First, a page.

So unemployment is better than becoming a SharePoint developer? Really?
This is something that's been fermenting inside for awhile, and a comment on a blog this week was enough to declare it ready for pouring.
As many of you probably know, I work at a company that decided to migrate off of Notes for both email and applications. Considering that's the company where I got started with Notes in 1996, and the birthplace of an incredible 15 years of professional development, it was hard to know that things were going to change. When you've spent that much time completely immersed in a technology, it's hard to start splitting time between that and something else... especially when the "something else" belongs to a company you long held as the evil empire... Microsoft.
I've spent the last 15 years going from "what is Notes?" to "this is cool" to "Notes is better than anything out there" to "Lotus is morally superior to Microsoft" to "Microsoft is evil and not to be trusted" to "hmmm... apparently the market is changing" to "let's get real... this is software, and we're professionals."
I still believe that Notes is an incredibly powerful tool, and that it is underappreciated and not fully understood by those who own it and by the market in general. I also believe that SharePoint and associated MS software is at the top of the hype cycle and can't possibly deliver everything that people think it will. That's pretty much the lifecycle of all new technologies, so nothing new there. It doesn't mean the technology is useless or evil, just that it's being applied to problems that it isn't well-suited to address.
But our emotional involvement with Lotus software (and Notes/Domino in particular) has caused many of us to assign moral attributes to something that is really nothing more than 1's and 0's (as someone so succinctly reminded us this week). And what pushed me over the edge this week was a response to a particular blogger's statement about how and why he's not able to hug someone's Xpages tree. The response was that if we don't help our company understand Notes and make the migration to newer versions, we run the risk of becoming unemployed, or worse, enduring the pain of becoming SharePoint developers.
And hence the title of this blog entry. Are you really so arrogant to tell someone that it's better to be unemployed than to work with SharePoint? Have you even *worked* with SharePoint? Is your mind open enough to possibly consider that SharePoint has some... gasp... positive features?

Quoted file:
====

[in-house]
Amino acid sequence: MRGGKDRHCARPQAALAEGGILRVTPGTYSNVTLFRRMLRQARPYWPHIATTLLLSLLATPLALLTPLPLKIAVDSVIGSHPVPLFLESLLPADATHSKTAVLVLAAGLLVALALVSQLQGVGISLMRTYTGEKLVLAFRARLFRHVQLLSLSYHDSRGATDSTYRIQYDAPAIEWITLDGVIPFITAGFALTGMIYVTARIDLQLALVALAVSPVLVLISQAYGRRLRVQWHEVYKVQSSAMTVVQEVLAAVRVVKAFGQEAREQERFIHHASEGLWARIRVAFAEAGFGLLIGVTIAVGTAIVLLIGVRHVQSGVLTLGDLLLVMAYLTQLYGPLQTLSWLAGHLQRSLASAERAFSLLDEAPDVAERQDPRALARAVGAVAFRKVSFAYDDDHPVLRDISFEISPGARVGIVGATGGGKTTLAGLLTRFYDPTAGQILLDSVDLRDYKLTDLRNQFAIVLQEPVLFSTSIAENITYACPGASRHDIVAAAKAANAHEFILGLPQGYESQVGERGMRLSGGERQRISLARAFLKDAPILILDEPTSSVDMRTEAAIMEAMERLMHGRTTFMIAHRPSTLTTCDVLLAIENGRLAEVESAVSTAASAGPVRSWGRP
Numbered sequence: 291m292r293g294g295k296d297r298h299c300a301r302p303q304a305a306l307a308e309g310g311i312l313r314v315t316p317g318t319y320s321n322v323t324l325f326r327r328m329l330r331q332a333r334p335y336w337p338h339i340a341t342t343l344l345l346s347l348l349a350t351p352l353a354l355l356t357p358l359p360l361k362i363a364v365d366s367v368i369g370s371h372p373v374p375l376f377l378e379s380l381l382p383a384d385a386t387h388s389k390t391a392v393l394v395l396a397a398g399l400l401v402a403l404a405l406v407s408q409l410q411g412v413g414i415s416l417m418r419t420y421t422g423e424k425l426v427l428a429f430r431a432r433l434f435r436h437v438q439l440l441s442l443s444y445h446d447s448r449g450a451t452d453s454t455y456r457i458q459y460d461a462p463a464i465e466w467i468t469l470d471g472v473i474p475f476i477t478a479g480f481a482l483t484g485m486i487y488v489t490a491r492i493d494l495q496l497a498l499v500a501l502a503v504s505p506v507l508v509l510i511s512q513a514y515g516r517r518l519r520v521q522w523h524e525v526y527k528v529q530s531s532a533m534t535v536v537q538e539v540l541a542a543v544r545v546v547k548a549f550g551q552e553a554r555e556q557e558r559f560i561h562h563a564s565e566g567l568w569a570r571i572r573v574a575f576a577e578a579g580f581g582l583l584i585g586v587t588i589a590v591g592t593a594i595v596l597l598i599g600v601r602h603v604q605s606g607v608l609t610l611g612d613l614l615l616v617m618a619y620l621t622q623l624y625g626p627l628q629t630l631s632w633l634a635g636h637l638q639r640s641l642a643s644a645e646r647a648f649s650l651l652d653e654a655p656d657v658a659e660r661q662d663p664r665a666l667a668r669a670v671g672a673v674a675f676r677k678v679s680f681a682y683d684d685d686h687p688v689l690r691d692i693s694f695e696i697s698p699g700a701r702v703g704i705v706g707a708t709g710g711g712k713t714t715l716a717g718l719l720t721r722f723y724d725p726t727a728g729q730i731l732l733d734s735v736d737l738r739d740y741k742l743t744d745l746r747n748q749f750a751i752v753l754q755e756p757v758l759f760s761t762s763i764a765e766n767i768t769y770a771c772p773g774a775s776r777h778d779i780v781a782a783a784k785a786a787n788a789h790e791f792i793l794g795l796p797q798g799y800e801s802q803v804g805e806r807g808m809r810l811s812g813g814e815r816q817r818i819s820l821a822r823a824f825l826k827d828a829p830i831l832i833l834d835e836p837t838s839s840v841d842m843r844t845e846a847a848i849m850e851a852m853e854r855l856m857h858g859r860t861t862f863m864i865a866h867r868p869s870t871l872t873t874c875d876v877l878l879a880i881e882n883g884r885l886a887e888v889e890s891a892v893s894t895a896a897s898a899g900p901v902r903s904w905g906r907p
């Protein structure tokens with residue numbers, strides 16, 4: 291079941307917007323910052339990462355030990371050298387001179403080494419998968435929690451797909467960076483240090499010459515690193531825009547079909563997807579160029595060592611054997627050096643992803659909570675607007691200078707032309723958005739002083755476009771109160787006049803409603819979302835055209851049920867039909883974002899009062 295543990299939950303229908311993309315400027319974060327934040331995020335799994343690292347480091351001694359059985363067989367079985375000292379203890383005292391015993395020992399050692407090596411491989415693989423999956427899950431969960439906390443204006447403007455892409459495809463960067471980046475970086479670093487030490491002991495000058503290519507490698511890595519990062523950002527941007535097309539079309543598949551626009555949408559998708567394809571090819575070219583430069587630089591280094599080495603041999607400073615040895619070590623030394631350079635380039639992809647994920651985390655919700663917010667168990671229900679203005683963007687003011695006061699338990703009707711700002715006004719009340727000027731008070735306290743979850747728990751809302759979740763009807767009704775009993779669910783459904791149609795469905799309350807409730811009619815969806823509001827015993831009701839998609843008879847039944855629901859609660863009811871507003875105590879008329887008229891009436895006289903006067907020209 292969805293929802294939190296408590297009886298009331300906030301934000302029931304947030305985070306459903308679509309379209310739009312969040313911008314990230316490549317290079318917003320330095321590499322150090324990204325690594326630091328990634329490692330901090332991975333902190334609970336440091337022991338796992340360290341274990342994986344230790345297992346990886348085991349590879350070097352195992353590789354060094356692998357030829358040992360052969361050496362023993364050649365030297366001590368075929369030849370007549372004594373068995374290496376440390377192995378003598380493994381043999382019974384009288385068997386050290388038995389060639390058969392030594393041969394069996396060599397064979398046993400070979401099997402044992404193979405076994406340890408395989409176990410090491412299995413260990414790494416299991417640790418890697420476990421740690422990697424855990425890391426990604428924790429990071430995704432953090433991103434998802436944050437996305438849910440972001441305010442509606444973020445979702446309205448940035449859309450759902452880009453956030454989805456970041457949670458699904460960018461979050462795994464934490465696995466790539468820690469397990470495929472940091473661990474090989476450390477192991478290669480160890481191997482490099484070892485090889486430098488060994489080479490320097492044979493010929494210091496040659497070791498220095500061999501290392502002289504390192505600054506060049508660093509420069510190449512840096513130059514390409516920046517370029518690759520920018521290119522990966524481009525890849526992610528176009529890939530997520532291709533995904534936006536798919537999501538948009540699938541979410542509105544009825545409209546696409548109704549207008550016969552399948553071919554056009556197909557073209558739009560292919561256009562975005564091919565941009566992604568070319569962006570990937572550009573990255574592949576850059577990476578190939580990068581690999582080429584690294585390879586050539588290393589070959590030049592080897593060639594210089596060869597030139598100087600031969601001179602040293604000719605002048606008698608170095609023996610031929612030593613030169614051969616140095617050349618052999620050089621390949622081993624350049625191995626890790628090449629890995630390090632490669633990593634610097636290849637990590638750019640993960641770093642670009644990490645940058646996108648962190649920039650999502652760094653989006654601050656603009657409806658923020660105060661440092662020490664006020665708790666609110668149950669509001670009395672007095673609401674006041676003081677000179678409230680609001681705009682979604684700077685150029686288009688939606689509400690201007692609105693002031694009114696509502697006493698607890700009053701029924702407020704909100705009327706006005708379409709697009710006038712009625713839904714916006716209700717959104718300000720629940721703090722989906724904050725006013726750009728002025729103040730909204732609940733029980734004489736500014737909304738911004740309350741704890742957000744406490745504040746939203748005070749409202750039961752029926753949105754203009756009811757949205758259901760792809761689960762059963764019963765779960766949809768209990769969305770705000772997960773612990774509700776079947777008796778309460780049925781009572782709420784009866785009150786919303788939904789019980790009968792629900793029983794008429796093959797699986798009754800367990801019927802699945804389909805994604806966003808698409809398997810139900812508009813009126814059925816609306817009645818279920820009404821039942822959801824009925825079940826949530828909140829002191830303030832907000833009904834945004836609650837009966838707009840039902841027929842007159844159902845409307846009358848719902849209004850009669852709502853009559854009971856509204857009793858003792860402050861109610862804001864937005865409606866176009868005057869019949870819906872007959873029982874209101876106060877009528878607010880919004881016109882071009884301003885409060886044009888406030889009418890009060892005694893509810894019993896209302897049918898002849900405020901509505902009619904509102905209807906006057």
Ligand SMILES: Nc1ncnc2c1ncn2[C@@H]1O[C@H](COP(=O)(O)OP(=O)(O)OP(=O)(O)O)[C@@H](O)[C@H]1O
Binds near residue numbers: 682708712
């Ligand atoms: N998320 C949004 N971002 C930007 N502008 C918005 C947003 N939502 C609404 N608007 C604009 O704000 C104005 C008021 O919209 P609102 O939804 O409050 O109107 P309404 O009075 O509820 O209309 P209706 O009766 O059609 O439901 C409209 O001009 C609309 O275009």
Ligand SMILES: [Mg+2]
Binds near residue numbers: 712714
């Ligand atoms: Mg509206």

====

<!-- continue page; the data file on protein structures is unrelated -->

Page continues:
Working with InfoPath forms being sent to SharePoint sites reminds me a lot of Notes. And there's something to be said for the wide array of controls you can use to make things happen. No, it's not exactly like Notes, but there are valid pros and cons on both sides. A competent professional could write some really nice applications on either platform, and an incompetent programmer could screw up quite well in either.
Yes, Microsoft has a history of changing and dropping features that you may have invested heavily in. If you're in the Lotus camp, you'd have to forget Garnet, eSuite, DB2, and composite applications to claim that's never happened to you. Microsoft has a great development environment. Lotus, not so much compared to something like Visual Studio. Microsoft invests heavily in documentation and support for their communities. Lotus would like you to add your information to their wikis. Microsoft even recognizes those in their communities who are considered experts in their particular technology niches. When we tried to get that started with Lotus a couple years back, IBM's first take on the program is that it would only be open to business partners...
In my perfect world, I'd continue working with Notes and companies would be knocking at my door trying to get me to work for them on their Notes applications. But the world's not perfect, and one has to adapt. I'm a professional software developer, not a professional Notes guy, and it's taken me awhile to figure that out.
There is no moral superiority in committing to Notes and choosing unemployment over working with SharePoint and putting food on the table. In fact, you might just find out that there's more out there in your professional life than you thought.